Statement of Significance
Tide Gauge House was constructed at Gellibrands Point in 1857 to house one of three tide gauges that arrived from England in 1855. The other two gauges went to Portland and Point Lonsdale. The Point Gellibrand gauge was set in a bluestone structure located on the leeward side of Breakwater Pier. The structure was built by convict labour and the bluestone was obtained from the quarry at Fort Gellibrand. The gauge operated through an aperture in the wooden floor. Tides were measured from here and Williamstown became the origin of the Australian Height Datum. The tide gauge continued to operate in this location until 1943 when silting up of the site reputedly interfered with its operation. It remained on Breakwater Pier until 1955 when the filling in of the boat harbour required that it be moved to its present site in the Commonwealth Reserve. Windows of the house were loopholed to allow warders supervising the convicts to train their muskets on them. The Tide Gauge House is situated in the Commonwealth Reserve near the intersection of Nelson Place with Parker and Cole Streets. It is an octagonal structure constructed of fine dressed bluestone and stands approximately three metres high and three metres in diameter. The Tide Gauge House was originally set on a battered base. Only the upper section of the structure survives and the tide gauge has been removed. The structure is capped by a parapet cornice and a galvanised roof with a wooden ball finial. The doorway is fitted with a metal gate and the four loopholed windows are fitted with metal bars.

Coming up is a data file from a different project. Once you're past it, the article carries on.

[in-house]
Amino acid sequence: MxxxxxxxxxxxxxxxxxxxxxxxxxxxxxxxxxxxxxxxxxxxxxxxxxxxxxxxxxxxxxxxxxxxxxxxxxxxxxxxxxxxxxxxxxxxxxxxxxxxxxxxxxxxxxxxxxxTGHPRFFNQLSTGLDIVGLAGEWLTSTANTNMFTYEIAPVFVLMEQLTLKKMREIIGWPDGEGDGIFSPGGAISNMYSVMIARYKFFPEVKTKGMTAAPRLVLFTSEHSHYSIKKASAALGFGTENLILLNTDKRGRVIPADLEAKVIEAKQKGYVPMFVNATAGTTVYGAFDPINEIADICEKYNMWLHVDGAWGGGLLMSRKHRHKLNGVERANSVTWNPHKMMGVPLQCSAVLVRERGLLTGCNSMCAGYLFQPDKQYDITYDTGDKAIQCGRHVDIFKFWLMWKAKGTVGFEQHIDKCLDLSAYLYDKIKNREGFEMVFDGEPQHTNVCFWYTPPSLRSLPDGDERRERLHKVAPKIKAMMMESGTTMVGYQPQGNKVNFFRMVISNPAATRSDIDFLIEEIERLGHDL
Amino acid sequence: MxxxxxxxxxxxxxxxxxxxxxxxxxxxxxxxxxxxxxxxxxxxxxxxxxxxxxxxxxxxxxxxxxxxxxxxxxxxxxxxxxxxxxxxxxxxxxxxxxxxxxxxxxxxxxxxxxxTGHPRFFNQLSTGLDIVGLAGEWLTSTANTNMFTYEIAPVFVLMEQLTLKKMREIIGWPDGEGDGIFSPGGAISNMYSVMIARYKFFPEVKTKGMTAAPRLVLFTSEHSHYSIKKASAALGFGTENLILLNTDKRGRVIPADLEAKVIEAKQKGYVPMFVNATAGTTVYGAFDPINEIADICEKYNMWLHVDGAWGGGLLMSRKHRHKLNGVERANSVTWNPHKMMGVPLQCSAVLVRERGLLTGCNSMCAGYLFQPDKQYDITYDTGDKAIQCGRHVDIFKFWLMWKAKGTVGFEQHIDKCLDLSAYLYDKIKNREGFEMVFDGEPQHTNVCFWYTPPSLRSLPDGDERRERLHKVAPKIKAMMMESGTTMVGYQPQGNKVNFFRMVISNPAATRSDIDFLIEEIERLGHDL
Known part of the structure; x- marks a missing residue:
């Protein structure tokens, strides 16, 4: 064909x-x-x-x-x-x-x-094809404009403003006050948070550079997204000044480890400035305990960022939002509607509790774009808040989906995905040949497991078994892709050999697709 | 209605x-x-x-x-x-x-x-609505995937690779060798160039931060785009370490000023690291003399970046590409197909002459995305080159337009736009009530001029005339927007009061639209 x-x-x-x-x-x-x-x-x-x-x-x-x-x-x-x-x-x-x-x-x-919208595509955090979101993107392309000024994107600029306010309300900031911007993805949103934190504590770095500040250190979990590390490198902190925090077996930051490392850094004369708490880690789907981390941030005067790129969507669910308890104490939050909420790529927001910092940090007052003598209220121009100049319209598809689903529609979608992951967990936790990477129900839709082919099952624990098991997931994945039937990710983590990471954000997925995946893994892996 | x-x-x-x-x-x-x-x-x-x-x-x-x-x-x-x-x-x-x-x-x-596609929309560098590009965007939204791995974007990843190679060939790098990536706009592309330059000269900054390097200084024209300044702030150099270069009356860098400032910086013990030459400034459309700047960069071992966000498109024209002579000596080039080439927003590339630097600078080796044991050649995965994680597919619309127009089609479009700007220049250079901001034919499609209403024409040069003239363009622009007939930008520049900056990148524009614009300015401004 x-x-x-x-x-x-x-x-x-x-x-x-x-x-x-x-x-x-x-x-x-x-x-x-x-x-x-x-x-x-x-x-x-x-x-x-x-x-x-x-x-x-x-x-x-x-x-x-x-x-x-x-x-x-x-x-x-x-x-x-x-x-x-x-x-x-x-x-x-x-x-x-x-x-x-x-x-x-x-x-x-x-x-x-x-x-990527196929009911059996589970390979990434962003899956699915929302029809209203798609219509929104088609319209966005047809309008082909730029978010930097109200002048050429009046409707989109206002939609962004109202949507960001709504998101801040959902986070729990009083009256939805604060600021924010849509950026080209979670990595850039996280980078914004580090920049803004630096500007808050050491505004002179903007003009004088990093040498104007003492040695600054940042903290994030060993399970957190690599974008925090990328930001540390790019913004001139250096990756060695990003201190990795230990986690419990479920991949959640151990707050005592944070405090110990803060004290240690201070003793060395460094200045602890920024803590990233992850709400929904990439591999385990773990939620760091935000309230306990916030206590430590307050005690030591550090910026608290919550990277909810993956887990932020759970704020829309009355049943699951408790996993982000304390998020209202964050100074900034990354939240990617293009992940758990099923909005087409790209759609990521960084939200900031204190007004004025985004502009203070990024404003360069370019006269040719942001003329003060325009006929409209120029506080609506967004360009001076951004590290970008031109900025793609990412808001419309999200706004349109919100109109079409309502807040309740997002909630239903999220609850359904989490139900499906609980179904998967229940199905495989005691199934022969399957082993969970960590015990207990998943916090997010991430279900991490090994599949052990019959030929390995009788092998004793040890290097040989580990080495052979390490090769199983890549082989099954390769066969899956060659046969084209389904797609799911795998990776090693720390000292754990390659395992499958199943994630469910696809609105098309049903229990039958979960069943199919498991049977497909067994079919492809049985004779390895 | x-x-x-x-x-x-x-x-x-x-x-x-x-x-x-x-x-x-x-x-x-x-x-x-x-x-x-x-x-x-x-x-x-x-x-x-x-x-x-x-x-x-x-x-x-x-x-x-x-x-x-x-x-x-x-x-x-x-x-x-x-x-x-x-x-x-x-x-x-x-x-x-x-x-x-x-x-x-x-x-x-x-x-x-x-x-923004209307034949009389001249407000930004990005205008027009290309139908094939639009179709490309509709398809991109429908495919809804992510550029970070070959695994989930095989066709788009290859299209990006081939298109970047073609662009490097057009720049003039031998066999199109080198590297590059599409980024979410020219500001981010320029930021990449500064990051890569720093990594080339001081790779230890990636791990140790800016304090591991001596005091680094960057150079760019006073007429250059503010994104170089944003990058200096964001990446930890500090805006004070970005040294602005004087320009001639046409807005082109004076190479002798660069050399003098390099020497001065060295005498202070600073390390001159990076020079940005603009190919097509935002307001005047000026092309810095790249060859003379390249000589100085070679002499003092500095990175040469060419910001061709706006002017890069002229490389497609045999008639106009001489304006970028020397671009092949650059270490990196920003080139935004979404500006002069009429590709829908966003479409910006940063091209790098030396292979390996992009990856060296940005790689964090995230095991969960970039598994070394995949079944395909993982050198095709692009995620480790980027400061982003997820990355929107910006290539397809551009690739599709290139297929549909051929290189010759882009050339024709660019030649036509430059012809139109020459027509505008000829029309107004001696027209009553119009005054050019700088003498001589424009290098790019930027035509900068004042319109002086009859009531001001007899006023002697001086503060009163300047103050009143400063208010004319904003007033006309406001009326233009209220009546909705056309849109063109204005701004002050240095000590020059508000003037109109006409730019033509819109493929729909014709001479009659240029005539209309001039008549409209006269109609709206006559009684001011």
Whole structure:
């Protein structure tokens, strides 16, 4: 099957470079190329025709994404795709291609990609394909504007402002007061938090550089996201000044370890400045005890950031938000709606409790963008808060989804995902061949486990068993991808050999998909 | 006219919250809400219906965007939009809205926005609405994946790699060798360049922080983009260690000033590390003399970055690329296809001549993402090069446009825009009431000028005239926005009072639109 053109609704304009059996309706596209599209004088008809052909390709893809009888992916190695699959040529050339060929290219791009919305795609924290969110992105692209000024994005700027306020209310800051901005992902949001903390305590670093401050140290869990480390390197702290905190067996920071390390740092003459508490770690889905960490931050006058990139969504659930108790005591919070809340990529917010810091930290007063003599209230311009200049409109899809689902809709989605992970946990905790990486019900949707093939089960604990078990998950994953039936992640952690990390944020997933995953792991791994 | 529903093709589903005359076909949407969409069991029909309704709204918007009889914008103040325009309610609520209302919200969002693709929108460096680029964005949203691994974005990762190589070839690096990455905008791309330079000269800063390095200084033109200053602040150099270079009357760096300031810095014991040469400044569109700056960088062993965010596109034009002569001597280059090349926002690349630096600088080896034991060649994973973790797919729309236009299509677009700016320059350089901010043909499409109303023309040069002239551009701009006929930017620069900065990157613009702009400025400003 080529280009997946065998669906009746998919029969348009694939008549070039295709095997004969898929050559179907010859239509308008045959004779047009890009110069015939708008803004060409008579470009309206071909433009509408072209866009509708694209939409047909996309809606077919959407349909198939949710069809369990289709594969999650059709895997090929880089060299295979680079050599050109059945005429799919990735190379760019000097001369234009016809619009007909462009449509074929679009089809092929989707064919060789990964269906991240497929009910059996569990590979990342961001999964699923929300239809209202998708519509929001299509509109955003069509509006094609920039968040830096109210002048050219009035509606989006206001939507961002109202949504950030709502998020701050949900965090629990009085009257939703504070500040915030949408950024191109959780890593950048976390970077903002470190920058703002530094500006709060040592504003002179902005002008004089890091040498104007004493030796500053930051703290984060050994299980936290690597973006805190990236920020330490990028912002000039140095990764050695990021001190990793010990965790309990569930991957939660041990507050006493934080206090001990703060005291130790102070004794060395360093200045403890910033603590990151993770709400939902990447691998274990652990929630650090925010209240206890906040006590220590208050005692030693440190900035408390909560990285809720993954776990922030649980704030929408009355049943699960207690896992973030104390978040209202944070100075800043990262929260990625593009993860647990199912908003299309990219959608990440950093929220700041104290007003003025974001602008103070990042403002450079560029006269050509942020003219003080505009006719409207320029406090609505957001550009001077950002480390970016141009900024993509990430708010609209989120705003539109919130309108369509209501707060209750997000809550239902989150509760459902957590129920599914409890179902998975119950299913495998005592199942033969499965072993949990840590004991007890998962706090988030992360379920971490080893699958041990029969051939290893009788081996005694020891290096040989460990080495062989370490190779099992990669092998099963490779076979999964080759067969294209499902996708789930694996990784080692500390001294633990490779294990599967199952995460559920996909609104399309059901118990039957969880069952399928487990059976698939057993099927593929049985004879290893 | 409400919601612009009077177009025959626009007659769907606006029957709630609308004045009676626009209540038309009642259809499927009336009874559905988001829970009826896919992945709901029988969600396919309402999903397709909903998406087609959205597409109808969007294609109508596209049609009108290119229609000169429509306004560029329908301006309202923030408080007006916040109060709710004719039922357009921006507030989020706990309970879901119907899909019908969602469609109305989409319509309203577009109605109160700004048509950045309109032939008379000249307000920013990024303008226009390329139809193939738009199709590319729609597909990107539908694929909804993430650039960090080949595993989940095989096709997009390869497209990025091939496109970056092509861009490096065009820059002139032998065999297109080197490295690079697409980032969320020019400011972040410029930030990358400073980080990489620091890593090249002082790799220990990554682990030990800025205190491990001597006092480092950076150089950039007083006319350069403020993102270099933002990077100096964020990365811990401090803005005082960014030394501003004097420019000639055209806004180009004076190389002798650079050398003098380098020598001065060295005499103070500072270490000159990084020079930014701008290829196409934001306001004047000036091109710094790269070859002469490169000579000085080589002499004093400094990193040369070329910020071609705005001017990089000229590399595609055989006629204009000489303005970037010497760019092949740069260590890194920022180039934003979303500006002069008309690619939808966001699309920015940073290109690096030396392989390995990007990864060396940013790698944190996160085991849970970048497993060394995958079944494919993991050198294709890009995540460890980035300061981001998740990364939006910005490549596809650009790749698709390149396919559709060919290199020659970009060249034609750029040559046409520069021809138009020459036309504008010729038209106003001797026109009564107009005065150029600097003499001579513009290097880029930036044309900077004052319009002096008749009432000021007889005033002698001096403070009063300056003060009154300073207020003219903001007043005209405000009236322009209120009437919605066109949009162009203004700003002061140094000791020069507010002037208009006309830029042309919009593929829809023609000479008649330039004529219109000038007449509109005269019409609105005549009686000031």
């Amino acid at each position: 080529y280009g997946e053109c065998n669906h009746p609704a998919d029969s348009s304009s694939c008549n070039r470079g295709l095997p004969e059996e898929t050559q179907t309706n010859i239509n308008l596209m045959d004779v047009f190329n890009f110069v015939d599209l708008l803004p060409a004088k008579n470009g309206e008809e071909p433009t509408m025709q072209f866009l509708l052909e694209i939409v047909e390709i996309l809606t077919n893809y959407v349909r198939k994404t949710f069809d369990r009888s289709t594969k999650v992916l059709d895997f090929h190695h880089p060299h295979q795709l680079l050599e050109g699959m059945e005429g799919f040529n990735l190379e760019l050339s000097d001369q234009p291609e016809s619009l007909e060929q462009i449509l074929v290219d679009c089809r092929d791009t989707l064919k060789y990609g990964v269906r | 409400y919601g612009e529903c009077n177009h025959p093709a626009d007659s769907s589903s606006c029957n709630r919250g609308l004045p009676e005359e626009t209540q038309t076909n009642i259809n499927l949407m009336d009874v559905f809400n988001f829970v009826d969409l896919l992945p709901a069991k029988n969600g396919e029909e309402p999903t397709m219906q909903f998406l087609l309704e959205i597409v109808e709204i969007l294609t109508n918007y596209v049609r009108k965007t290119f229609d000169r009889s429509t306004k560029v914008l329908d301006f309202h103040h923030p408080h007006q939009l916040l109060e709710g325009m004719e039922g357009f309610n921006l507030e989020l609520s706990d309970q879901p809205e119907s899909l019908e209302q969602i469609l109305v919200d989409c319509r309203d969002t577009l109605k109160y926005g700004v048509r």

How is it significant?
Tide Gauge House is of historical and architectural significance to the State of Victoria.
Why is it significant?
Tide Gauge House is of historical importance for its associations with the early history of Victoria. It is important for its associations with the tide gauge which was housed at Point Gellibrand was the datum for Victoria before the adoption of the Australian Height Datum. Tide Gauge House is important for its representation of the maritime history of Victoria and Williamstown?s pivotal role in early Victorian History.
Tide Gauge House is of architectural importance as a rare surviving example of a custom-built tide gauge house. It demonstrates early stone construction techniques.
TIDE GAUGE HOUSE - HistoryContextual History:
Under the direction of Governor Bourke, Robert Hoddle laid out the plan for the area which had been formerly known as Gellibrand’s Point in March 1837 and Williamstown was born. Williamstown was to play an important role in the early days of the colony (Bach, Student Report 1997).
The 1850s at Point Gellibrand saw concentrated Government activity that at the time was possibly unsurpassed in its diversity in any other part of the state. In a ten year period point Gellibrand became the home of the first Government Observatory, the first place linked by telegraph to Melbourne, a major port area, a temporary prison, and it received the first major defence installation in the Colony. During the same period Williamstown was connected to Melbourne and Geelong by train and the point became a focus of Port activity with two major piers both serviced by railways (Allom Lovell & Associates, 1987, p.7).